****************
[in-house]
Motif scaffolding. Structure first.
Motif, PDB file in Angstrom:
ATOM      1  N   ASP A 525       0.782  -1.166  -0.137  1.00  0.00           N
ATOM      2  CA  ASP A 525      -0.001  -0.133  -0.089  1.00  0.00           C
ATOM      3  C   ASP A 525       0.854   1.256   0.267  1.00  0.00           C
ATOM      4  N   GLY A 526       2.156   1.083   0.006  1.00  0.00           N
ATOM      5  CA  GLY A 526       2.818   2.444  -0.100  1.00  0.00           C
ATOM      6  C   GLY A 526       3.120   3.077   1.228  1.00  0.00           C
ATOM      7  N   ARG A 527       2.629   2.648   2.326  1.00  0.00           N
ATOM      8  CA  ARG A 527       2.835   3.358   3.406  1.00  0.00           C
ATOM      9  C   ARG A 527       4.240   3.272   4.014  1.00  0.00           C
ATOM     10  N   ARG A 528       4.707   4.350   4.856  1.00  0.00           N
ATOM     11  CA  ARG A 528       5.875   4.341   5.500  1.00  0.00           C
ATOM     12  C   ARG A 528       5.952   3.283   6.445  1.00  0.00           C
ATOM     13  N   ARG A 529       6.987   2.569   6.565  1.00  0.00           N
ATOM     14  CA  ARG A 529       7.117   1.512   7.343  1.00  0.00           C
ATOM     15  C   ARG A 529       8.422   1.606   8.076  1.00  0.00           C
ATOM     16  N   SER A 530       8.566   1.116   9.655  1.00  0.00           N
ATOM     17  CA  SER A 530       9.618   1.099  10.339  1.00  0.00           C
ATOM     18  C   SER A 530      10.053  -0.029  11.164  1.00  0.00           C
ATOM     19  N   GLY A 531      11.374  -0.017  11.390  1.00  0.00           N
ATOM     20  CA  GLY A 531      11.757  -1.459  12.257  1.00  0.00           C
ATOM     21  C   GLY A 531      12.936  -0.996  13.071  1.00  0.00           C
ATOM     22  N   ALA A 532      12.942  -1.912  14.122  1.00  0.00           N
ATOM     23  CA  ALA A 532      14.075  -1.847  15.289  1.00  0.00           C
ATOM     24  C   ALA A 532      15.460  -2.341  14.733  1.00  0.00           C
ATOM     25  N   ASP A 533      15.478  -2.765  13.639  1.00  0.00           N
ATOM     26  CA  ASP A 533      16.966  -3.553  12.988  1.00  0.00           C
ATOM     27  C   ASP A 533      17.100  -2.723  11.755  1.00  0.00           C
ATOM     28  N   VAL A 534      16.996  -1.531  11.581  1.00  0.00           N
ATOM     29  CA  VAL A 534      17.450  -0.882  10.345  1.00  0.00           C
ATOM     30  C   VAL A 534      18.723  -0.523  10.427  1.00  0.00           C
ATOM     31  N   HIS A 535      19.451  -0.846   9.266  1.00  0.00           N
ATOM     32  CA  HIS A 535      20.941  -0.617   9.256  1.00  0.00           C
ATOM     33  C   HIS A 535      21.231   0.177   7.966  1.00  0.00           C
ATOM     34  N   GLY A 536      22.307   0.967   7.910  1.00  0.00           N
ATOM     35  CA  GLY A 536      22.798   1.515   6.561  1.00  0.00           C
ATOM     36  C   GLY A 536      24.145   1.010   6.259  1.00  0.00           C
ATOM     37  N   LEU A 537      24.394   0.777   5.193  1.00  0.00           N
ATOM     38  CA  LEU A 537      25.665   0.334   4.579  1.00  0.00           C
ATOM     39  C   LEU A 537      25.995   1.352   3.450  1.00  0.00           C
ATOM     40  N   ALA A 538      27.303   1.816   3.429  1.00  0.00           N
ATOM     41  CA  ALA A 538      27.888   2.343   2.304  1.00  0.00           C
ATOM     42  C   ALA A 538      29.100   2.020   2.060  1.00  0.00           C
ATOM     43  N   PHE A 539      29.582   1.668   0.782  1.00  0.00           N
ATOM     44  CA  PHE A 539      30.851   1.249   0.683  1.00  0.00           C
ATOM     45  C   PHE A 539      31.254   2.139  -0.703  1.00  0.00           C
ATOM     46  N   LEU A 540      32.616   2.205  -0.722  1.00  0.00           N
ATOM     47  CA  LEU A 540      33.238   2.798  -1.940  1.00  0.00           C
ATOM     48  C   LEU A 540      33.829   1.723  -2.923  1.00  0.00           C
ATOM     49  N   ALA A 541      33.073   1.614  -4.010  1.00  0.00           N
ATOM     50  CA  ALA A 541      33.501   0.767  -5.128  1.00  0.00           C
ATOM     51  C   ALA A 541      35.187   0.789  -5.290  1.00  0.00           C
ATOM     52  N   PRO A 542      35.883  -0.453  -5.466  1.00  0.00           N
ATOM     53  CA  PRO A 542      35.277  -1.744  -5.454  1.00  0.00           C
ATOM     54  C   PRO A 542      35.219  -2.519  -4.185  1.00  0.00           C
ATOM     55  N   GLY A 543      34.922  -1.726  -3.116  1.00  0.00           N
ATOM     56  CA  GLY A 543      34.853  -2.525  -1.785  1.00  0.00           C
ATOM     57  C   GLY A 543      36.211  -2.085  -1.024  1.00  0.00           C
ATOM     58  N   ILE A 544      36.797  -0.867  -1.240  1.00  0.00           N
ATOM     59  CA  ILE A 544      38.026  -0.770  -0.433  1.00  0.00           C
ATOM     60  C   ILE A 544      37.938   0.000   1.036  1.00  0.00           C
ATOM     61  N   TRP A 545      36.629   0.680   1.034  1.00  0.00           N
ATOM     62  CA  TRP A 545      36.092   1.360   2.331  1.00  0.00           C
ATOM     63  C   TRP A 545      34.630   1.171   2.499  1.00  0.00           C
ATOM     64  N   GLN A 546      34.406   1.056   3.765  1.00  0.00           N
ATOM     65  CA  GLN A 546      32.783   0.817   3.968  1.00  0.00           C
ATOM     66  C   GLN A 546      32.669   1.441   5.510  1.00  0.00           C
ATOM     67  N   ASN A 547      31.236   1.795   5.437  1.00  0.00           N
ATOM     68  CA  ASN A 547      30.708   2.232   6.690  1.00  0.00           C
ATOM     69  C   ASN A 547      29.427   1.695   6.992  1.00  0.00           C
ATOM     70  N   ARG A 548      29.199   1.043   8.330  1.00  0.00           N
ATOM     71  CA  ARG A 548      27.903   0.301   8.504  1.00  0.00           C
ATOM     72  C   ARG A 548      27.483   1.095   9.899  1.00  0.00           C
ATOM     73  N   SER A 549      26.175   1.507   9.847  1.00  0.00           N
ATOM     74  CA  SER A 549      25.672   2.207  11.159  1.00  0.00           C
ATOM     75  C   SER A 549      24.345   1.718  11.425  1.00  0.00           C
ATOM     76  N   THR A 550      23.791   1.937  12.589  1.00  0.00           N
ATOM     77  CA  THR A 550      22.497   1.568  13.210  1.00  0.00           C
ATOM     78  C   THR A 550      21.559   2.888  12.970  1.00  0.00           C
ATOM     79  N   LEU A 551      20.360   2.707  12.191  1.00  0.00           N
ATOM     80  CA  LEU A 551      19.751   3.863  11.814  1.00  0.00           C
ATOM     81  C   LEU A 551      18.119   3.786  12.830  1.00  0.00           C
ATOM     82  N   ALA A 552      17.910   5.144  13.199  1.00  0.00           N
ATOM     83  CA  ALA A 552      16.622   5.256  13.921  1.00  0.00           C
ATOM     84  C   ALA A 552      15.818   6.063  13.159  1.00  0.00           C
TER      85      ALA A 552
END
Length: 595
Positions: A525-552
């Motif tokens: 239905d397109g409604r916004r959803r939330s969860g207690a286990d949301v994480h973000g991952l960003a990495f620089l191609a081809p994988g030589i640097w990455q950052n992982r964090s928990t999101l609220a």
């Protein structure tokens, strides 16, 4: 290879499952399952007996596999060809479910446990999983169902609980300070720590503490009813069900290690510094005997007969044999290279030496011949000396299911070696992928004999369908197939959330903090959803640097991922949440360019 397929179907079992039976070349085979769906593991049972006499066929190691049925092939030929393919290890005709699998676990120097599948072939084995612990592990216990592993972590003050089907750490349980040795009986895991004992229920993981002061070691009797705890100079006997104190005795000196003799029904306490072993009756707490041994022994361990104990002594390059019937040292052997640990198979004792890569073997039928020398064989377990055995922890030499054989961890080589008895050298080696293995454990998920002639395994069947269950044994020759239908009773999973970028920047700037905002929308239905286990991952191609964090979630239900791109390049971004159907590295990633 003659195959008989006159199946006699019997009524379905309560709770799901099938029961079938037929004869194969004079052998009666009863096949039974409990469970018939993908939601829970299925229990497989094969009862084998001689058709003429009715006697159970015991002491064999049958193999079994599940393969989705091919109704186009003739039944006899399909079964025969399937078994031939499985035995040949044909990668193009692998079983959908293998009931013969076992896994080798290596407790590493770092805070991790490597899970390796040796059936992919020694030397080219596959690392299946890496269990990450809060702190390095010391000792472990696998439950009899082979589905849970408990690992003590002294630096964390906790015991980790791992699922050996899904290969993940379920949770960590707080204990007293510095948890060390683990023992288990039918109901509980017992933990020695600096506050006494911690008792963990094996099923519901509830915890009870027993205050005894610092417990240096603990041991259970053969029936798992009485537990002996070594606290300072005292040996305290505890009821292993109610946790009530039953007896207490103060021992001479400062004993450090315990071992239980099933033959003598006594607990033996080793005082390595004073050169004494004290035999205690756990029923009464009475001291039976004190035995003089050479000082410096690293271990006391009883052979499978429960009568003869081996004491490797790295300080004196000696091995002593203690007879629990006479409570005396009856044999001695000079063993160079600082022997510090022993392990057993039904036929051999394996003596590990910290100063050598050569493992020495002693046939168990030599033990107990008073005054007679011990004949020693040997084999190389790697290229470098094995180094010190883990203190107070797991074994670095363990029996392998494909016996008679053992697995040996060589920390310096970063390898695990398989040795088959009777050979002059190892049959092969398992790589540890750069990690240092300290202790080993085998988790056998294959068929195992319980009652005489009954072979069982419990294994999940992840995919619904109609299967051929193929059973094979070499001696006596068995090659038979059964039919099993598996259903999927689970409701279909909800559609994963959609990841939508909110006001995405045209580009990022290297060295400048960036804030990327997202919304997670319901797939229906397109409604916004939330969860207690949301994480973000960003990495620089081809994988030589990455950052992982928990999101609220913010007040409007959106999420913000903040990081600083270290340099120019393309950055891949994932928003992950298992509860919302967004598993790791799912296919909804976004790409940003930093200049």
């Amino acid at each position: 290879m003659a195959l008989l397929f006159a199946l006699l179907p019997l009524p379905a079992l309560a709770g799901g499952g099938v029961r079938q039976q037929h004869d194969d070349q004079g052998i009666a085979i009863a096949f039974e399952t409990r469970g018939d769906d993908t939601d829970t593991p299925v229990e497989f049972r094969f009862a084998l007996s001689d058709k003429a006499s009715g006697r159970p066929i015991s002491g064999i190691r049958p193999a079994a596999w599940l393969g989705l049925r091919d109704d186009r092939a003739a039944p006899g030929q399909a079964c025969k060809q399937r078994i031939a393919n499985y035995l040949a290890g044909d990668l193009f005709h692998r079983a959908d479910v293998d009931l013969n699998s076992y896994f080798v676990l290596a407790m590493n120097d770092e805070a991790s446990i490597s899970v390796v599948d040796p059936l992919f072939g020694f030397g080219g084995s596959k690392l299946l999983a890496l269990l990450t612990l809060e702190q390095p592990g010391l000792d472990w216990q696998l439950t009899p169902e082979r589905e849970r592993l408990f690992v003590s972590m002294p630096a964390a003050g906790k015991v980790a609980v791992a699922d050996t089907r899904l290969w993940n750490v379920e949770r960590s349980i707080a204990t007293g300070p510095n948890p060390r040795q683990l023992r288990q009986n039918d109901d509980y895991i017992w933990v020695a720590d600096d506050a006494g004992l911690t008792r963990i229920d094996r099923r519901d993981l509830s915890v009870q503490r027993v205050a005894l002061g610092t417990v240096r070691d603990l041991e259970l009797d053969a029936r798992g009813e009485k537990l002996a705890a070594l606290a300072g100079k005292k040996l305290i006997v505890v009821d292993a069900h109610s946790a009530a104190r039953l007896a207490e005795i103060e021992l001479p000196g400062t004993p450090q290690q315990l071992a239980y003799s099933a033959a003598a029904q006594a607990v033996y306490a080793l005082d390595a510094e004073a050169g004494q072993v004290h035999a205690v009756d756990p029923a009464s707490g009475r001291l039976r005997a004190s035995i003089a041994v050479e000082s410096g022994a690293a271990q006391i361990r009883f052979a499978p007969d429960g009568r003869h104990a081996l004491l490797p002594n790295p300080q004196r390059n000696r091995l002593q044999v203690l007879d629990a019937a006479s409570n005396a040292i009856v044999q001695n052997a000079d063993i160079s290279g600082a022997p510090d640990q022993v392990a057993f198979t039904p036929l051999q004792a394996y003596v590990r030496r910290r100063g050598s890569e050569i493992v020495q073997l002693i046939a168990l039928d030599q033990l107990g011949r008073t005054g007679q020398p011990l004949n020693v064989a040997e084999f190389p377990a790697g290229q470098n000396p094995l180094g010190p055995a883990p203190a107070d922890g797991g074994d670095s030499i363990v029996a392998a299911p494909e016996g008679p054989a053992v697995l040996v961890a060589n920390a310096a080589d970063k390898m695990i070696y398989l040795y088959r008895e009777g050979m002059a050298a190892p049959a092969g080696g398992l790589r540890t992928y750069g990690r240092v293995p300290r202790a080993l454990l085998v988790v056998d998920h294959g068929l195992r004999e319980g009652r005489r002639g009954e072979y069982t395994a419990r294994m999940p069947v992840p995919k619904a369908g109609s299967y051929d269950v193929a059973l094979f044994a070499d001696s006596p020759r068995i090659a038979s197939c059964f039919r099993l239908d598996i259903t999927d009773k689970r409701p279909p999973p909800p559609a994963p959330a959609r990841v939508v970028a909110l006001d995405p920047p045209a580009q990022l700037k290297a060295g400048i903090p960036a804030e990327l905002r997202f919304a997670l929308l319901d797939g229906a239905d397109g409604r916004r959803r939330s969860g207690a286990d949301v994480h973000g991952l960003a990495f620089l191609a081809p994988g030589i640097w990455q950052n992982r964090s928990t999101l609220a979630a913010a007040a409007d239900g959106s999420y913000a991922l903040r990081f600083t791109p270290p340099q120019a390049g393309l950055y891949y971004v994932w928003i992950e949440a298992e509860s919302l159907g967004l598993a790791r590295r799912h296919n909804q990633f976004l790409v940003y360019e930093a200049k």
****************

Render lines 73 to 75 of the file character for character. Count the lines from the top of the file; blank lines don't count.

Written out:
ATOM     70  N   ARG A 548      29.199   1.043   8.330  1.00  0.00           N
ATOM     71  CA  ARG A 548      27.903   0.301   8.504  1.00  0.00           C
ATOM     72  C   ARG A 548      27.483   1.095   9.899  1.00  0.00           C